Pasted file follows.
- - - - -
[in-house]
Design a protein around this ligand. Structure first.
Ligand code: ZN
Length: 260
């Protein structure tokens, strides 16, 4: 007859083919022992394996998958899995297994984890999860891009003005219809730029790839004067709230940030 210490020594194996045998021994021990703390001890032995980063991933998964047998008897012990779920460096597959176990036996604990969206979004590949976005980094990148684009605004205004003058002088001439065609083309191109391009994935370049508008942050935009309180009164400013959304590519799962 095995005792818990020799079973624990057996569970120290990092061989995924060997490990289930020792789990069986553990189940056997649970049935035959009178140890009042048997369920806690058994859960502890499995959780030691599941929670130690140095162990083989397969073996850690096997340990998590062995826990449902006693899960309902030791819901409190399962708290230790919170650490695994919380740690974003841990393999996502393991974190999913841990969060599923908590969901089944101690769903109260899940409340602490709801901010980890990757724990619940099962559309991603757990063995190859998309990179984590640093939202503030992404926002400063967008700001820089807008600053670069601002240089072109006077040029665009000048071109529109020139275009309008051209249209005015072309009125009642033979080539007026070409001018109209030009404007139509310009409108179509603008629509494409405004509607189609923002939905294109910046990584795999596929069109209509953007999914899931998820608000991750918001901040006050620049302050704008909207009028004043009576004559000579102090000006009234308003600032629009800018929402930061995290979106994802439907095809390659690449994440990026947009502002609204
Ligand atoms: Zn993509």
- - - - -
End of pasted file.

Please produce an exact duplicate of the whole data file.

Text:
[in-house]
Design a protein around this ligand. Structure first.
Ligand code: ZN
Length: 260
């Protein structure tokens, strides 16, 4: 007859083919022992394996998958899995297994984890999860891009003005219809730029790839004067709230940030 210490020594194996045998021994021990703390001890032995980063991933998964047998008897012990779920460096597959176990036996604990969206979004590949976005980094990148684009605004205004003058002088001439065609083309191109391009994935370049508008942050935009309180009164400013959304590519799962 095995005792818990020799079973624990057996569970120290990092061989995924060997490990289930020792789990069986553990189940056997649970049935035959009178140890009042048997369920806690058994859960502890499995959780030691599941929670130690140095162990083989397969073996850690096997340990998590062995826990449902006693899960309902030791819901409190399962708290230790919170650490695994919380740690974003841990393999996502393991974190999913841990969060599923908590969901089944101690769903109260899940409340602490709801901010980890990757724990619940099962559309991603757990063995190859998309990179984590640093939202503030992404926002400063967008700001820089807008600053670069601002240089072109006077040029665009000048071109529109020139275009309008051209249209005015072309009125009642033979080539007026070409001018109209030009404007139509310009409108179509603008629509494409405004509607189609923002939905294109910046990584795999596929069109209509953007999914899931998820608000991750918001901040006050620049302050704008909207009028004043009576004559000579102090000006009234308003600032629009800018929402930061995290979106994802439907095809390659690449994440990026947009502002609204
Ligand atoms: Zn993509």